A further object of the invention is to provide a control loop which senses the slope of the currents in the motor coils at a time when back EMF is at a maximum to generate a phase error signal indicating whether the motor rotation is in phase with, leading or lagging the driving current pulses.
The foregoing and other objectives, features, and advantages of the invention will be more readily understood upon consideration of the following detailed description of the invention, taken in conjunction with the accompanying drawings.
FIG. 1 is a schematic diagram of a conventional switched reluctance stepping motor.
FIG. 2 is a block schematic diagram of a control circuit for a switched reluctance stepping motor.
FIG. 3 is a schematic diagram of a slope detector circuit employing a differentiator.
FIG. 4 is a schematic diagram of another form of a slope detector circuit employing a switching inverting amplifier.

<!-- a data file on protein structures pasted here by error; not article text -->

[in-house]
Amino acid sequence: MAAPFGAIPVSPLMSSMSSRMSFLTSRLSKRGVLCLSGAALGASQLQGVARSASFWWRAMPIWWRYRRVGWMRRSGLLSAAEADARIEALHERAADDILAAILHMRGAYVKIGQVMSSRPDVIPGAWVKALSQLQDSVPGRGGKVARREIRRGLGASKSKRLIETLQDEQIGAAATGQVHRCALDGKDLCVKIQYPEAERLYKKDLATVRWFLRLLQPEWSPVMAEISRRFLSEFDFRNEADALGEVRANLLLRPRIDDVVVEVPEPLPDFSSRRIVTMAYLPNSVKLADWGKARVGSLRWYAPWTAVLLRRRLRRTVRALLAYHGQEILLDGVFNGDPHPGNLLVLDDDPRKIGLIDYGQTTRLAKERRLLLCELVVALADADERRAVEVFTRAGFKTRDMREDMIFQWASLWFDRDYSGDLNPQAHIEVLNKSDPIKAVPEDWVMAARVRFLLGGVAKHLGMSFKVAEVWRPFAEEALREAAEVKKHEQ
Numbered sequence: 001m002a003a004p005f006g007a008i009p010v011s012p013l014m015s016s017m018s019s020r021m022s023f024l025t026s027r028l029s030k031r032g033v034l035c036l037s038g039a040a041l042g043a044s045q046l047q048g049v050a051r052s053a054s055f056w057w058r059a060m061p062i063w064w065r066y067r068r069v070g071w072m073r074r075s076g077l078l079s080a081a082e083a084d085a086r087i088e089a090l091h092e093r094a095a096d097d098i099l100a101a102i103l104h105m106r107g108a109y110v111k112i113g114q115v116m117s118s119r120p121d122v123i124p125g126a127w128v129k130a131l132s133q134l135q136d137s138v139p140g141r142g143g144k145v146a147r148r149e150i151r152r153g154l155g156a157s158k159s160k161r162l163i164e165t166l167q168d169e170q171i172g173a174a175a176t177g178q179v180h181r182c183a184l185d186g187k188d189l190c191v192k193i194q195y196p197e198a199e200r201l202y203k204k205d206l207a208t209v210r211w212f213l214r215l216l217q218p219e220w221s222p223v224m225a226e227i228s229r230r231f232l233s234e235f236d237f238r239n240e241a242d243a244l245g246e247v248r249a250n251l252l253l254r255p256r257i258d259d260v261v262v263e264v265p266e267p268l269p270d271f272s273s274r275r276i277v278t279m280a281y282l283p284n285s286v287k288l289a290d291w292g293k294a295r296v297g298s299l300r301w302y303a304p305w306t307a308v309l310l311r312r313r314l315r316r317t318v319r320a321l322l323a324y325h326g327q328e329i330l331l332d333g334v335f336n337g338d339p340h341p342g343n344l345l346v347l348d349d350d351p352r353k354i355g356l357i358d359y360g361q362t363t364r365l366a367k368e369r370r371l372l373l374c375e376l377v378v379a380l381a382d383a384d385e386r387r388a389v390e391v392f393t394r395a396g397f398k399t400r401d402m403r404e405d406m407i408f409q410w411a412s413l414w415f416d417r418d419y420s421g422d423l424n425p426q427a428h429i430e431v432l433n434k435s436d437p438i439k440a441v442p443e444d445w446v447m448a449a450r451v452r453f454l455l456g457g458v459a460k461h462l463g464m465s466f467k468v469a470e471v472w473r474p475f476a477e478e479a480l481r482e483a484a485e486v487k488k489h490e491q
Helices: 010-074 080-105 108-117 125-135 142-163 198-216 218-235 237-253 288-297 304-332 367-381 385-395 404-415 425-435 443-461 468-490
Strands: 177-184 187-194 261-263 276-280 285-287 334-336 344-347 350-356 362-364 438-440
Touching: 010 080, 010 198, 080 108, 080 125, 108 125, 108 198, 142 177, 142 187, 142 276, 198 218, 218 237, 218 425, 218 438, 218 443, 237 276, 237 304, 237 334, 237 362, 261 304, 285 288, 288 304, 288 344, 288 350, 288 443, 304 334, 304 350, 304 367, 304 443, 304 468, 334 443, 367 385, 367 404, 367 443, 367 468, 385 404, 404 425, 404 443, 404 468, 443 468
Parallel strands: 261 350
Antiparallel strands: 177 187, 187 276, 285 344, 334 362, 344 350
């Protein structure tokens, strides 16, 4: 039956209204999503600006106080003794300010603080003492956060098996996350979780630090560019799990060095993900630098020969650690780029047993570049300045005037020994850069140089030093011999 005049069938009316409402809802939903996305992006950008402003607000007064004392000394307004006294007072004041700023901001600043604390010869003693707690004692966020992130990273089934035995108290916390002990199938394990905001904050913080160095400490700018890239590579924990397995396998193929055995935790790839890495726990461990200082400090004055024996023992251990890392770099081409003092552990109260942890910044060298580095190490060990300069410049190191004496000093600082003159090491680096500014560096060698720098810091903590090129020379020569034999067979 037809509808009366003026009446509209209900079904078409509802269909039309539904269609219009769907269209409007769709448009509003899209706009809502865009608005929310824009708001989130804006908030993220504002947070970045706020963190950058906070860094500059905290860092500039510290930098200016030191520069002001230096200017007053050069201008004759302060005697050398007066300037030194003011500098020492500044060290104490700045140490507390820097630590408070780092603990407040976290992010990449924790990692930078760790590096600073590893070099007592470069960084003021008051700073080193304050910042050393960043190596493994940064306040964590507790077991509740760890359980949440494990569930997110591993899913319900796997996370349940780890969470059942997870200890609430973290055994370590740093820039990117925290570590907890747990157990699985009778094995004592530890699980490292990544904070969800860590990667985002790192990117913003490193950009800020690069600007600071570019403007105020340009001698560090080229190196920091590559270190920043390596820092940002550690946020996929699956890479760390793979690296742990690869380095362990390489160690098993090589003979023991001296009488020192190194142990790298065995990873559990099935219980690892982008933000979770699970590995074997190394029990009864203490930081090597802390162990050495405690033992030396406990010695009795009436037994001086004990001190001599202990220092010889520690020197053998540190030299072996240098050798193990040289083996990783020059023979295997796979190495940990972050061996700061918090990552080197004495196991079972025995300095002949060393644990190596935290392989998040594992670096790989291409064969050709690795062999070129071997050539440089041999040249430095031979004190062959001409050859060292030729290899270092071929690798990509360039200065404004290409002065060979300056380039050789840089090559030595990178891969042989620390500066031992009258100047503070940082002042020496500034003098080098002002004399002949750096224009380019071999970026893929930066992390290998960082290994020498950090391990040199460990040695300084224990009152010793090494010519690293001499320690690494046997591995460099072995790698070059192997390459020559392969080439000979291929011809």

FIG. 5 is a set of waveform diagrams illustrating the function of the control circuit of FIG. 2 when the rotor and driver circuit are in phase alignment.
FIG. 6 is a set of waveform diagrams illustrating the function of the control circuit of FIG. 2 when the driver circuit lags actual rotor position.
FIG. 7 is a waveform diagram similar to FIG. 6 illustrating the condition when the motor driver circuit leads the actual rotor position.
A switched reluctance motor 10 includes a rotor 12 constructed of magnetically permeable material such as iron. The rotor 12 is surrounded by a plurality of stator poles 14 wrapped with wire coils 16. There are three sets of poles 14 labeled A, B and C with each set containing two mutually opposed poles. The coils 16 of the pole pairs 14A, 14B and 14C are energized by a driver circuit 18 (refer to FIG. 2). The driver 18 is controlled by a sequencer 20 which is in turn driven by a voltage controlled oscillator 22. A counter 24 coupled to the sequencer 20 provides an output indicative of rotor position. The sequencer 20 provides timing pulses for the driver 18 which in turn drives the motor 10 with a three phase driving voltage.